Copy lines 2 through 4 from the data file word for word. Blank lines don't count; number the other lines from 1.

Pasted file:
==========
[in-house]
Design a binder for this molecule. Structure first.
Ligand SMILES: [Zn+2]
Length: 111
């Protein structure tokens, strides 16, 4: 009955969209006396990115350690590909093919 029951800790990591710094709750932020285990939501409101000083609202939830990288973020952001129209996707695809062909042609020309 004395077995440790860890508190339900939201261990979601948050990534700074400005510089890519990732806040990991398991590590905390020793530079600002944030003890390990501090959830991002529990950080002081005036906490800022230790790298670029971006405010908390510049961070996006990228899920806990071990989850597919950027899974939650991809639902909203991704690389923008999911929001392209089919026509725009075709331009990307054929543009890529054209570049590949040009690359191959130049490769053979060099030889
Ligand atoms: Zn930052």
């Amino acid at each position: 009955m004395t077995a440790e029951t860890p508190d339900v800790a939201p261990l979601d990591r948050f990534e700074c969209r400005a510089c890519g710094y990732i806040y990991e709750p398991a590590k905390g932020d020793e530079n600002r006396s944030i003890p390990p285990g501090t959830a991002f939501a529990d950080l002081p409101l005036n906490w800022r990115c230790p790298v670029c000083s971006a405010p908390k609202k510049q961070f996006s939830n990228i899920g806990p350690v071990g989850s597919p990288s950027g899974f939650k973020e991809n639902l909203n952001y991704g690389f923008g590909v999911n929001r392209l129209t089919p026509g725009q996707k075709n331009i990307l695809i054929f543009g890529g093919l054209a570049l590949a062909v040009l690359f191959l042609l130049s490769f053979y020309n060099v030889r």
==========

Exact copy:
Design a binder for this molecule. Structure first.
Ligand SMILES: [Zn+2]
Length: 111